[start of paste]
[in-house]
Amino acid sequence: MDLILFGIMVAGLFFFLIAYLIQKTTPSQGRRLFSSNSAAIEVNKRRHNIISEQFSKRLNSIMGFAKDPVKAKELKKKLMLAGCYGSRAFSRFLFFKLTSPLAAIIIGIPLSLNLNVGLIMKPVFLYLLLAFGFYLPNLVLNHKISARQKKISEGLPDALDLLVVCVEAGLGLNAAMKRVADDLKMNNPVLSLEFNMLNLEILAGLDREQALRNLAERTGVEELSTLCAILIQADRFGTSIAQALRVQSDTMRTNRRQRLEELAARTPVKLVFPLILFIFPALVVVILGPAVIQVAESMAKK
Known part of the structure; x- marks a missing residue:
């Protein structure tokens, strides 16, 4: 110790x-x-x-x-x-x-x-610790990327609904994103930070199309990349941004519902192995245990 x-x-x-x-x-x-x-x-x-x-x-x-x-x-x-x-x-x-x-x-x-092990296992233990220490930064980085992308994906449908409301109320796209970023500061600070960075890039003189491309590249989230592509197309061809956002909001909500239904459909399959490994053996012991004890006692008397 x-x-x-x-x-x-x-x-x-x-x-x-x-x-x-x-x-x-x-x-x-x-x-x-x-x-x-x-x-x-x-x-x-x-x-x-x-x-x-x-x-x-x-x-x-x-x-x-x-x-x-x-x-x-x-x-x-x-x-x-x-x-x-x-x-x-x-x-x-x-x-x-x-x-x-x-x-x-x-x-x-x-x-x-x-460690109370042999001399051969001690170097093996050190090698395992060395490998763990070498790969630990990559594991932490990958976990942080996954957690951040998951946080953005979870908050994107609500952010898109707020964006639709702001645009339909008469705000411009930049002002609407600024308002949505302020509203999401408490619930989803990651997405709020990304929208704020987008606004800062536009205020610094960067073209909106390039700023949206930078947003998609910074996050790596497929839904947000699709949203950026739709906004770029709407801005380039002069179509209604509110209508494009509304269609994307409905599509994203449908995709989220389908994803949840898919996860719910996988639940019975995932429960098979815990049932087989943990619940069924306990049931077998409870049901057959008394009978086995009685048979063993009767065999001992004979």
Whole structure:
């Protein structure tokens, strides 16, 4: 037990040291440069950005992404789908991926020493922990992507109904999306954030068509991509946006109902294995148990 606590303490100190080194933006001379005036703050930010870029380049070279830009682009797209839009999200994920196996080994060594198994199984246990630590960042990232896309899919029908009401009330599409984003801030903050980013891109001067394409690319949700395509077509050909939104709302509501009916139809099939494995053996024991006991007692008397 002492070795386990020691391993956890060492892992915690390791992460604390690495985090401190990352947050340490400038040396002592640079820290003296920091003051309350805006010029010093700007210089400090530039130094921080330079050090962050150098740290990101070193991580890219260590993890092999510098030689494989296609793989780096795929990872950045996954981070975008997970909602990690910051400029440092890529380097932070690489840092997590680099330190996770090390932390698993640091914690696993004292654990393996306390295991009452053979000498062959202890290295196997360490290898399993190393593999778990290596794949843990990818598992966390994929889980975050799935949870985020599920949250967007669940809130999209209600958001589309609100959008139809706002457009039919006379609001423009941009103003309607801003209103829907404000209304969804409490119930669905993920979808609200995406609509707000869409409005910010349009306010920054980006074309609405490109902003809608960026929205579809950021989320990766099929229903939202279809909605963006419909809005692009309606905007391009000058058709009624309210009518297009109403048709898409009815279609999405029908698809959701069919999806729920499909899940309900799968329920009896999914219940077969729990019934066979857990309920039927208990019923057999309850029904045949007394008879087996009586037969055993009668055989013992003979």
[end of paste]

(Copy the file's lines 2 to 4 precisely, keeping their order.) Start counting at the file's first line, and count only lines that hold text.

Amino acid sequence: MDLILFGIMVAGLFFFLIAYLIQKTTPSQGRRLFSSNSAAIEVNKRRHNIISEQFSKRLNSIMGFAKDPVKAKELKKKLMLAGCYGSRAFSRFLFFKLTSPLAAIIIGIPLSLNLNVGLIMKPVFLYLLLAFGFYLPNLVLNHKISARQKKISEGLPDALDLLVVCVEAGLGLNAAMKRVADDLKMNNPVLSLEFNMLNLEILAGLDREQALRNLAERTGVEELSTLCAILIQADRFGTSIAQALRVQSDTMRTNRRQRLEELAARTPVKLVFPLILFIFPALVVVILGPAVIQVAESMAKK
Known part of the structure; x- marks a missing residue:
């Protein structure tokens, strides 16, 4: 110790x-x-x-x-x-x-x-610790990327609904994103930070199309990349941004519902192995245990 x-x-x-x-x-x-x-x-x-x-x-x-x-x-x-x-x-x-x-x-x-092990296992233990220490930064980085992308994906449908409301109320796209970023500061600070960075890039003189491309590249989230592509197309061809956002909001909500239904459909399959490994053996012991004890006692008397 x-x-x-x-x-x-x-x-x-x-x-x-x-x-x-x-x-x-x-x-x-x-x-x-x-x-x-x-x-x-x-x-x-x-x-x-x-x-x-x-x-x-x-x-x-x-x-x-x-x-x-x-x-x-x-x-x-x-x-x-x-x-x-x-x-x-x-x-x-x-x-x-x-x-x-x-x-x-x-x-x-x-x-x-x-460690109370042999001399051969001690170097093996050190090698395992060395490998763990070498790969630990990559594991932490990958976990942080996954957690951040998951946080953005979870908050994107609500952010898109707020964006639709702001645009339909008469705000411009930049002002609407600024308002949505302020509203999401408490619930989803990651997405709020990304929208704020987008606004800062536009205020610094960067073209909106390039700023949206930078947003998609910074996050790596497929839904947000699709949203950026739709906004770029709407801005380039002069179509209604509110209508494009509304269609994307409905599509994203449908995709989220389908994803949840898919996860719910996988639940019975995932429960098979815990049932087989943990619940069924306990049931077998409870049901057959008394009978086995009685048979063993009767065999001992004979």